asset ownership (grain stores, processing plants, vehicles, etc)
is not clear. The responsibility for default with banks accruing
in the implementation of activities which co-operatives were
instructed to undertake by governments (agricultural produce
trading operations, farm credit schemes, etc) is frequently a
matter of dispute.

More subtle dimensions of the relationship relate to the role
that co-operative movements have played as a part of the
political structure in many countries. In this regard differences
are particularly great between countries and generalizations are
hence particularly difficult to make.

However, in most countries the ruling political structure was not
neutral and uninterested in an organization (the co-operatives)
with national coverage and out-reach to a large share of the
population. Therefore, the co-operative movements were
understandably not only used to implement "development"
activities such as provision of marketing services. They were
sometimes used for political purposes to wield support from the
rural population.

All this is changing as part of political transformation towards
pluralism and multi-party systems. Nonetheless, in the present
transition period reminiscences from the past are in&operation
in varying degree. 

The practical implications may vary. Causal observations suggest
that they may include government (political) influence on
election of office bearers and the selection/employment of senior
officers, particularly at higher levels. 

At times there is also evidence that there may be political
resistance to the closure of defunct and bankrupt co-operative
organizations, particularly at the intermediary level.

In conclusion it seems that the trend towards disengagement of
the co-operative movements in Africa from the State is clear.
While decisive steps in that direction have been taken in many
countries, there are still question marks as to the specific
and practical nature of these steps. Many of these question marks
are to the detriment of the co-operatives and constitute an
obstacle to adjustment.

1.8.3     The capital base:

Far too many co-operatives suffer from a very weak capital base
with insignificant member capital and heavy indebtedness. For all
purposes scores of them are bankrupt. Not even excellent managers
and enlightened boards could do much to salve them. However, it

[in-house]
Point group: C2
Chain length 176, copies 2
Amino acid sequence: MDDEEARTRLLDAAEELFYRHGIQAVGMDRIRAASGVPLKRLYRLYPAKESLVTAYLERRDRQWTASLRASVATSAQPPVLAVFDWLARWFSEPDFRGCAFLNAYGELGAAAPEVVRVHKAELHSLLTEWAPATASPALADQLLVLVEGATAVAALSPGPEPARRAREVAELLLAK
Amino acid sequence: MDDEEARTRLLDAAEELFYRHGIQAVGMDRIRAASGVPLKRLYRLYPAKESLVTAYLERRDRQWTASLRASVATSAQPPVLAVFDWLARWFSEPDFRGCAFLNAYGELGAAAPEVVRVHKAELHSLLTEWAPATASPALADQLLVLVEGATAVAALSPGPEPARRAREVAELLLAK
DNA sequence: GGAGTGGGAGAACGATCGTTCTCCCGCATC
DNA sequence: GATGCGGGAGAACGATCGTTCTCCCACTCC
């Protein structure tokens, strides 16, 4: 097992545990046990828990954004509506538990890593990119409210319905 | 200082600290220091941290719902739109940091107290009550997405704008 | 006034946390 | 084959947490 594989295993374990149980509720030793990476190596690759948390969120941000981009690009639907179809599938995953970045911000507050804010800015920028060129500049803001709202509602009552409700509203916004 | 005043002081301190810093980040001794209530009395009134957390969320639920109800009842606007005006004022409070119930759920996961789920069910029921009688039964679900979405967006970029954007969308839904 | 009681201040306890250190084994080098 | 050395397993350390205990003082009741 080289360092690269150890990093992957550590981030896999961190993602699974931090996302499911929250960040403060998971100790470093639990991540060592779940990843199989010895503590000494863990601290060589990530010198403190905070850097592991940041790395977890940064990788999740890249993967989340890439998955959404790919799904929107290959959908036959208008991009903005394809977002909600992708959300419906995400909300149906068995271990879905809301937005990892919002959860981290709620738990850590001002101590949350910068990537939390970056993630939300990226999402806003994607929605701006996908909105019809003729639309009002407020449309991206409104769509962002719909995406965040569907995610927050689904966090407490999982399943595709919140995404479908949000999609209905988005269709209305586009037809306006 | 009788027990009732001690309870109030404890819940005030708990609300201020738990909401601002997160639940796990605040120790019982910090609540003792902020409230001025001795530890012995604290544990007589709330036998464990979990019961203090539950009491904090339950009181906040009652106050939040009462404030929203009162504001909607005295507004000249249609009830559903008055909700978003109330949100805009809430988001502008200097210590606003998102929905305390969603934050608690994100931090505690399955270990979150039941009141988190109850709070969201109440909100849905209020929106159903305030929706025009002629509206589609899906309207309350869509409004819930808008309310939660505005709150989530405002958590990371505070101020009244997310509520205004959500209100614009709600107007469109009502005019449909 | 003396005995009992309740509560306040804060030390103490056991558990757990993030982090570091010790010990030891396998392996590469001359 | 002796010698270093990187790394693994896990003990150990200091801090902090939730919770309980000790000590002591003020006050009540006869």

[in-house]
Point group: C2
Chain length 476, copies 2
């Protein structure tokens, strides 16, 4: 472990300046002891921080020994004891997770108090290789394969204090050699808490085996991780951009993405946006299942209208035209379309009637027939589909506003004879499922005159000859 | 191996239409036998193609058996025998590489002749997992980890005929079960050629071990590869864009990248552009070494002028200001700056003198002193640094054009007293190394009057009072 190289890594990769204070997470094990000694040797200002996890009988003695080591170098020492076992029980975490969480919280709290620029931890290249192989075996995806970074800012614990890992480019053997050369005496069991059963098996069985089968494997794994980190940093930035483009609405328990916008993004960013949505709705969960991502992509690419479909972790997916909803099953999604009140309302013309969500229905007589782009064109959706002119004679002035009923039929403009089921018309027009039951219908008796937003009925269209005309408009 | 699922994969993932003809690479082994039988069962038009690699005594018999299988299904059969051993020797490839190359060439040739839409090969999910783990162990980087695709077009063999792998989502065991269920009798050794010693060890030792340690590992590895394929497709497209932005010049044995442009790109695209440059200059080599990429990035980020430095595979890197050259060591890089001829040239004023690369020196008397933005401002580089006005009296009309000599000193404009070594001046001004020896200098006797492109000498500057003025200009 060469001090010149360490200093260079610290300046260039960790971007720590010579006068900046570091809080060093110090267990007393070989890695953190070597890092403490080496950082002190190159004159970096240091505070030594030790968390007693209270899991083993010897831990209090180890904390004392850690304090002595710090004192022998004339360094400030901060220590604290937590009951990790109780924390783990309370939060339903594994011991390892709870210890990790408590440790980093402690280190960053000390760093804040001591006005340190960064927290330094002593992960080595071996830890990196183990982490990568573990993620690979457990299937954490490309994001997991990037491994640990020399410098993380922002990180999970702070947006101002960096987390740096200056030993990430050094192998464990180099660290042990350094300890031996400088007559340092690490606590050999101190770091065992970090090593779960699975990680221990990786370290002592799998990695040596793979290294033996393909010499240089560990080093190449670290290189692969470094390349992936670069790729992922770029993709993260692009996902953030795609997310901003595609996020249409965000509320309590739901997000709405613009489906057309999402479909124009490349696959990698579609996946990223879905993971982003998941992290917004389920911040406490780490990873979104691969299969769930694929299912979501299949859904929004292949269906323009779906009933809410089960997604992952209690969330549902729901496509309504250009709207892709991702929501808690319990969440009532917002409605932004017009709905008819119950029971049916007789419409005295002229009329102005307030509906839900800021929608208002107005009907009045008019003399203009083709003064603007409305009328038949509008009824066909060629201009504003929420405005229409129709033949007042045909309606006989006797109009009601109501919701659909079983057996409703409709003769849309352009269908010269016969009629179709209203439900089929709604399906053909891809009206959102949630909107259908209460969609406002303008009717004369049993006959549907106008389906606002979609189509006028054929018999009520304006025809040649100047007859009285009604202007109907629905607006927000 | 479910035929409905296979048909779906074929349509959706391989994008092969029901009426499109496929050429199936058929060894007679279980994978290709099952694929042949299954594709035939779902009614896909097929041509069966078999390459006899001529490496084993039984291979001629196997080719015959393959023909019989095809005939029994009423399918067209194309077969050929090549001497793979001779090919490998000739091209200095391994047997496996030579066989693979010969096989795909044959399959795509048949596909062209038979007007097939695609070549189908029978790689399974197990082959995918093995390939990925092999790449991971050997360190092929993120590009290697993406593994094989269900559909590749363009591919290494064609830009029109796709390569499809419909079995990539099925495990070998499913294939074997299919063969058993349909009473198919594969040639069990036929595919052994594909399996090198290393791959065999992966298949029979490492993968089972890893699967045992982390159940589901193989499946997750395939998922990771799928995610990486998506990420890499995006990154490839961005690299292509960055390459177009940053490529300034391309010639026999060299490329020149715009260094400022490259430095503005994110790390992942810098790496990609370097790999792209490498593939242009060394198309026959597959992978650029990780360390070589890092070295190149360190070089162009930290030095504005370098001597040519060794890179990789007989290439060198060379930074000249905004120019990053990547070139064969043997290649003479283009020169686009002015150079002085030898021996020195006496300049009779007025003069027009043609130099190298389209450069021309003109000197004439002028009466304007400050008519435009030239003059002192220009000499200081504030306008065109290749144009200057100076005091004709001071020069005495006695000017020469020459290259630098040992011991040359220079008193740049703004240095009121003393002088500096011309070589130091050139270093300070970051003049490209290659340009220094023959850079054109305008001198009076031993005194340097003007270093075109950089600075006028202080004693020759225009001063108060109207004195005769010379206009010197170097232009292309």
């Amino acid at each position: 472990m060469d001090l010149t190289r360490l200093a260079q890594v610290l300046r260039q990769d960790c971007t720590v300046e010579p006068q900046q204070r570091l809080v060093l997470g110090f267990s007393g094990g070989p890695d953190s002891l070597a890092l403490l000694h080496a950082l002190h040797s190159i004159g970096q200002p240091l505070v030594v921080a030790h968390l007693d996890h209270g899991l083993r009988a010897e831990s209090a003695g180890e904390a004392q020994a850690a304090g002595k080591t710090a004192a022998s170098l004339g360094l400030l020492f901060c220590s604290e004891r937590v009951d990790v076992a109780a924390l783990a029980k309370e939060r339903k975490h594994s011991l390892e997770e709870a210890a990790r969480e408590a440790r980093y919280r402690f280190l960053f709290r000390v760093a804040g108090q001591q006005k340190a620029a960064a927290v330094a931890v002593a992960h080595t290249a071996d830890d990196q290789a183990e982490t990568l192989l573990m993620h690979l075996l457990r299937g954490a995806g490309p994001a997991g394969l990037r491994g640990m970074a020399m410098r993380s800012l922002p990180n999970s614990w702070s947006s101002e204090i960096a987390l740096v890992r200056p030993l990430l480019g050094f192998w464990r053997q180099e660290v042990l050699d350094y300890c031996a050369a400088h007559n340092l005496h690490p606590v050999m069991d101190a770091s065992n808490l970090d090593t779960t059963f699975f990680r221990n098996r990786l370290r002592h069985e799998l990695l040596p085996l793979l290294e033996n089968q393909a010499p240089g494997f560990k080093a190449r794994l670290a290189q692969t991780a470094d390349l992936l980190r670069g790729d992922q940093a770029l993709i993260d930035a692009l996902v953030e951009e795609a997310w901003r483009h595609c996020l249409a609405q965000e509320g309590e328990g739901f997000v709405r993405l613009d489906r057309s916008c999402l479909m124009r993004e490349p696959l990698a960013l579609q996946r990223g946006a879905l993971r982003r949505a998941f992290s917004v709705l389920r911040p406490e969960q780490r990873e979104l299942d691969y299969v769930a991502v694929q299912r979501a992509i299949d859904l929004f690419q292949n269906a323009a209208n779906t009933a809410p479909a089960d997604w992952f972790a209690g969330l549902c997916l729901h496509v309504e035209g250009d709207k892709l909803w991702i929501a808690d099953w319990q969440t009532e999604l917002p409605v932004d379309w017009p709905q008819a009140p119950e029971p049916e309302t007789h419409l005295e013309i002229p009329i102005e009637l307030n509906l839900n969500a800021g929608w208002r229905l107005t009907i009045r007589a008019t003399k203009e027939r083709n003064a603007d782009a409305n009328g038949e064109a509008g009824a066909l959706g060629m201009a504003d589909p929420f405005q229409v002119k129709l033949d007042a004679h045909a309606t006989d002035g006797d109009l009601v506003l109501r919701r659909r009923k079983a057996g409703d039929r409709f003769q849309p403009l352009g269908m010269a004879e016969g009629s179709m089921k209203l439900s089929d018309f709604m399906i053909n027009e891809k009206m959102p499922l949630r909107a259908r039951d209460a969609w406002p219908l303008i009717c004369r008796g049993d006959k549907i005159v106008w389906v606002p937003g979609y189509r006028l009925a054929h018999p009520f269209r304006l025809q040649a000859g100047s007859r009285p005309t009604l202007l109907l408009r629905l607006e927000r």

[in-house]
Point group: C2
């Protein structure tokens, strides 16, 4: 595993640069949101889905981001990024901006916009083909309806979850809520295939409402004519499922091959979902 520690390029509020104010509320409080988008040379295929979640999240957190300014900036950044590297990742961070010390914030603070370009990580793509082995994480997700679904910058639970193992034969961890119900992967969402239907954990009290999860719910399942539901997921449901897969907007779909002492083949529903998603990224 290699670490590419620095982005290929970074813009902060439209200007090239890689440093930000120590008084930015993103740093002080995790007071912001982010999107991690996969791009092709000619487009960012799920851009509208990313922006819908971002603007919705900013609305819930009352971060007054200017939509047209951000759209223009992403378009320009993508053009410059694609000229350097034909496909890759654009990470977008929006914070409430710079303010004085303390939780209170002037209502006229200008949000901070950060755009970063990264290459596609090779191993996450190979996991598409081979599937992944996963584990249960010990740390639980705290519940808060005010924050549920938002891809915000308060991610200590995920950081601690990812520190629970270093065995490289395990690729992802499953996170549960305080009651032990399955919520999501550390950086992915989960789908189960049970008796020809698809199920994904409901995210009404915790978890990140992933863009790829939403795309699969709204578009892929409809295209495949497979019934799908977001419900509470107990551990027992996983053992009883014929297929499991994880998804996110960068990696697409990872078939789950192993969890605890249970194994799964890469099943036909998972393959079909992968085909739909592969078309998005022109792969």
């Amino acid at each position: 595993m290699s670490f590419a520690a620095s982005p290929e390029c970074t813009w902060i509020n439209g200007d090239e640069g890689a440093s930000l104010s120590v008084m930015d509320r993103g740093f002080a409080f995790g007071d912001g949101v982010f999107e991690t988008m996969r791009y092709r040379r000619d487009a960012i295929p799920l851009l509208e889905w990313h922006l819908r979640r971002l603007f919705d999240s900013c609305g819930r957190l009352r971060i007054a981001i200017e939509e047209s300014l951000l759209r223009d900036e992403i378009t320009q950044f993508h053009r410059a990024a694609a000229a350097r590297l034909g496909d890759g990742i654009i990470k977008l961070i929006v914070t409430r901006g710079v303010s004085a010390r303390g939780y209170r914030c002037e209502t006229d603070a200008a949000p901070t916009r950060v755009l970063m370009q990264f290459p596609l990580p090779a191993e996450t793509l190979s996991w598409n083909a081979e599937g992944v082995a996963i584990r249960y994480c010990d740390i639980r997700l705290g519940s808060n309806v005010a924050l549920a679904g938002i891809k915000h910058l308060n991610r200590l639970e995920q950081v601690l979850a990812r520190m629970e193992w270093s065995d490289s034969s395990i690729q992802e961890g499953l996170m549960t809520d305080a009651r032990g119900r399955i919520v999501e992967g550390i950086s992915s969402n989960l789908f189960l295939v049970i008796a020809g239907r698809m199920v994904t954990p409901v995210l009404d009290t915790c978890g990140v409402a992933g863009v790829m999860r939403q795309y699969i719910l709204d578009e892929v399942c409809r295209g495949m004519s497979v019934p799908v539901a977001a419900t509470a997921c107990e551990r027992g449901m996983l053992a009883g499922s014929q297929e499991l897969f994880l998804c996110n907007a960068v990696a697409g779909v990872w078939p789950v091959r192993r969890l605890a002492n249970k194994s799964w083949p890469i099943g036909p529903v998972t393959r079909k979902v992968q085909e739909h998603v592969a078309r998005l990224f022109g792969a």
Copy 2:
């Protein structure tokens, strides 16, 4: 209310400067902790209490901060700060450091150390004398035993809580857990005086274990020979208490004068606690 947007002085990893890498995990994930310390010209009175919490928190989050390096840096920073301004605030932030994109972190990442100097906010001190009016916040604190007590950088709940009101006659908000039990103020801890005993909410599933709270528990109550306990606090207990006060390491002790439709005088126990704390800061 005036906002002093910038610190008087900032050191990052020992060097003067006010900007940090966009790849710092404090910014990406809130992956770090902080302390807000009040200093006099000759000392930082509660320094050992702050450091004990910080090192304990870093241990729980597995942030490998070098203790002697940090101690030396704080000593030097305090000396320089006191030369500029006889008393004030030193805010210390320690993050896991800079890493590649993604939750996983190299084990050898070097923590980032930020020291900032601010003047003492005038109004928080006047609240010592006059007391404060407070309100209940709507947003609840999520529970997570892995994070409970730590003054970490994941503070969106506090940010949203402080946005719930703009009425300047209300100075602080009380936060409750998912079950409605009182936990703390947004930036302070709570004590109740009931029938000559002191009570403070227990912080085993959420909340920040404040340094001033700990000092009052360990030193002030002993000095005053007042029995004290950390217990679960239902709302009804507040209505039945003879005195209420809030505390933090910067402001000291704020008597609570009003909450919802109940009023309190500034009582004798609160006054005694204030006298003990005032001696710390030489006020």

should be underlined that in many movements also those co-
operative units which are not hopeless cases often are in more
or less serious trouble with a weak capital base, heavy
indebtedness and demanding debt service obligations.

The implications of heavy indebtedness and limited
credit-worthiness have already been discussed in section 6.2
pointing out the vicious circle which limited access to
working capital (notably capital for produce procurement) tends
to create.

In many instances co-operatives have tied up capital in low
return assets (land, buildings, etc) in the name of
diversification while at the same time their core activity
(trading in agricultural produce) suffers from shortage of
working capital.

1.8.4     Business efficiency:

Most co-operatives in Africa have a damaging experience of being
used by governments to implement policies and programmes in the
agricultural sector which in the past perhaps was the most
regulated and administratively managed part of the economy.
Management of the sector was a matter of public administration
rather than business administration. As a consequence of the
nature of the relationship between the governments and the co-
operative movements, this mode of operation came to characterize
many movements. The task tended to be viewed
as a matter of physical handling, logistics and cash flows rather
than service provision, profitability and sound capital
structures.

The context in which the co-operatives operated simply did not
promote business-like operations. It did not foster the
development of entrepreneurial capabilities in boards and among
managers, and it did not attract entrepreneurs as managers. Often
managers were appointed for other reasons than their
entrepreneurial capability.

Scores of unsuccessful attempts to diversify activities, often
on more competitive markets than that of the core activities,
also bear witness to problems with business efficiency.

This experience was not the "fault" of the co-operative movements
and does not in any way discredit the principles on which the co-
operative movements are based, nor does it prove that co-
operatives cannot be efficient business operations. The context
within which the co-operative movements evolved conditioned and
constrained the formation of efficient business operations.

However, it is important not to feel complacent after having
demonstrated that the reasons for inefficiency in co-operative
organizations largely are external rather than inherent thereby
fending off unbalanced criticism. While the reasons are not
unimportant, it is far more important to assess how far the
business efficiency of present co-operative organizations will
take them in defending their positions on an increasingly
competitive market.

Unfortunately, the overall impression is that business efficiency